A while ago, I went to see the music-opera-play American Idiot at the Hammersmith Apollo.

Whilst the performance itself wasn’t particularly memorable, a certain incident five minutes after curtain up got me thinking. After the first song, not surprisingly American Idiot, Mum turned to my brother on her right and checked he was okay, as strobe lighting usually irritates his eyes. The deafening applause meant that I couldn’t hear what she was saying, only later did she tell me, however the woman sitting behind her clearly heard, as she leaned forward and shouted ‘Shut up! Stop talking!’ Her shout was loud enough for others in both our rows to turn their heads and left the three of us in stunned silence.

Is this now how we interact and talk to each other? Is this the manner in which it has become acceptable to convey ourselves? Of course this was an isolated incident and who knows what led the woman to speak as she did; perhaps Mum’s talking, although inaudible to me, was deafening to her; perhaps she wanted to ensure her talking wasn’t going to disturb her evening further; perhaps she didn’t think about what she said or how she said it, or she was just irritated and having a bad day. I will never know, but this isolated incident made me aware of other people around me and how I talk to and interact with them.

…’Please’, ‘thank you’ and ‘excuse me’ seem to have abandoned the English language…

Since then I have noticed a distinct lack in general courtesy around me. I have been on the tube, trains, a transatlantic flight, ski lifts and countless streets, paths, cafes and restaurants, all with my feelers out. Time and time again I have been disappointed. What has led to a general destruction of the general manners we were all taught as children? ‘Please’, ‘thank you’ and ‘excuse me’ seem to have abandoned the English language. In my extensive research I found it wasn’t just the usual culprits – kids who are still learning the basic rules – but people of all ages who really should know better.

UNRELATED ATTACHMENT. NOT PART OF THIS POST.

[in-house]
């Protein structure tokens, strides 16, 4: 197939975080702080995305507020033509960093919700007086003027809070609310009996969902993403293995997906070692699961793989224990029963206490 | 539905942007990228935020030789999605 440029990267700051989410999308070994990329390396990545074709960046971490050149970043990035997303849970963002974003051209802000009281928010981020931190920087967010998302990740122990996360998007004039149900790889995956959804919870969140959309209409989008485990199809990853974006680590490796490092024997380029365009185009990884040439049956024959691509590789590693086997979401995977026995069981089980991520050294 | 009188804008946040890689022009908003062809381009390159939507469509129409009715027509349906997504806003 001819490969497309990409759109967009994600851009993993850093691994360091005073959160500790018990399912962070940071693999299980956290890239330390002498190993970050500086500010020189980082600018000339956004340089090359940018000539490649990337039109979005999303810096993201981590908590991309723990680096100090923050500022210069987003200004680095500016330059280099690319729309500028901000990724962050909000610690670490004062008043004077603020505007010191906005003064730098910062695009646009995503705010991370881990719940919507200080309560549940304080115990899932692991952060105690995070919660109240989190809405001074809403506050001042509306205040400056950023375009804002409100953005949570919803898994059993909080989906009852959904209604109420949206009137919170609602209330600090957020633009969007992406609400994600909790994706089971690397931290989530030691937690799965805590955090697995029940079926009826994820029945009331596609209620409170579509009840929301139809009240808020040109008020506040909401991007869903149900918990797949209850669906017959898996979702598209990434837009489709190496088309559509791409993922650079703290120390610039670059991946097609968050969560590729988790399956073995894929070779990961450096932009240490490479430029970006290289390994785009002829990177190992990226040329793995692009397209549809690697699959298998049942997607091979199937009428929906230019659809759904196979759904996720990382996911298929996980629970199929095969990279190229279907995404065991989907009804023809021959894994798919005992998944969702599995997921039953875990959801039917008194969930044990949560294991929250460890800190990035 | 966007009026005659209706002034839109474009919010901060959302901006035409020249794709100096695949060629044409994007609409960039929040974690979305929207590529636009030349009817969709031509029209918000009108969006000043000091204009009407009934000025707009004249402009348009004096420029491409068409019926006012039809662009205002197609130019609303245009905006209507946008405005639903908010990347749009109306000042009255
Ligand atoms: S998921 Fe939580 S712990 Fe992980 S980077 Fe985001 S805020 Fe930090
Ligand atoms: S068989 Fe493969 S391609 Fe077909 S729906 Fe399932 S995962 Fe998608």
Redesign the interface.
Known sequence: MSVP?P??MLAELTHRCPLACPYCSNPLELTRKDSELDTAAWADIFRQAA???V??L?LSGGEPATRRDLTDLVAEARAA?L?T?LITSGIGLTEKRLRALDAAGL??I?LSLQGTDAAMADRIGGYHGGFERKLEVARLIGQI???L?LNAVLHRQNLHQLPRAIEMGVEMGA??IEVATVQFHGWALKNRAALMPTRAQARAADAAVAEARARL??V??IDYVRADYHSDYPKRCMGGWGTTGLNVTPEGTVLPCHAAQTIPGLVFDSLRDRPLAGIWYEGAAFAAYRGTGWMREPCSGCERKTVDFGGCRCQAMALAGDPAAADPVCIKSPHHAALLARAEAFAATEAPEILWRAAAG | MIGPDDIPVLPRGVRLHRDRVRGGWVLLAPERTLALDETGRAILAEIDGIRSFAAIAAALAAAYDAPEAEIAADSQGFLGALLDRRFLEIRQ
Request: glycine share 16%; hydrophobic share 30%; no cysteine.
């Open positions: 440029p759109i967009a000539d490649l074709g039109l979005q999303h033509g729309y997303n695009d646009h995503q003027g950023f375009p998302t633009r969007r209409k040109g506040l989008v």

At the theatre, it’s even worse; we are force to sit amongst people we don’t know and stay put for several hours. Often during that time we are distracted from the action on the stage by those around us. Is there anything more irritating then an especially poignant moment on stage being interrupted by a sweet wrapper two seats down? How many times is your vision blocked by someone walking over you, without saying ‘excuse me,’ to go to the toilet, only to repeat the offense five minutes later? What about people with really long legs, who insist on crossing them and essentially kneeing your crotch in the process? I could go on.

…’reality shows’ encourages the notion of cut-throat fame at any cost…

To an extent, the Americans got it right when they practically enforced a law that meant every ‘hello’ had to be immediately followed by ‘how are you?’ Whilst this is grating after a day full of meeting people, it’s something more than a mumble of thanks as you’re handed your coffee at Starbucks. Having said that, the recent proliferation of ‘reality shows’ encourages the notion of cut-throat fame at any cost, so where do manners and decency come into that? Rather, swear words, faux-violence and a general relaxation of manners seem to hold a more honoured place in today’s popular culture. Sounding like a real old boot, kids today seem to have higher priorities than learning basic courtesy, such as getting hold of the latest ipad or a sight of the singer de jour.

After a week of being sneezed on, bumped into, squashed and ignored, I’ve had about enough. Expecting common decency and manners shouldn’t be too much to ask of those we meet on a daily basis. It’s easy to forget, but it’s the little things that can make or break your day, like the woman at American Idiot. Who knows what a ‘please’ or ‘thank you’ can do to someone’s day. I don’t believe in karma, but I do think that actions have consequences that are more far-reaching than we know. So next time you bump into someone, have a night at the theatre or are handed a steaming hot coffee, take a second to think about what you’re going to say, because it might just matter and who knows, you could really make someone’s day.

About The Author

University of Warwick graduate, Magazine Journalism MA student at City University. Most likely to be found at a gig, at a restaurant table or reading on my commute.

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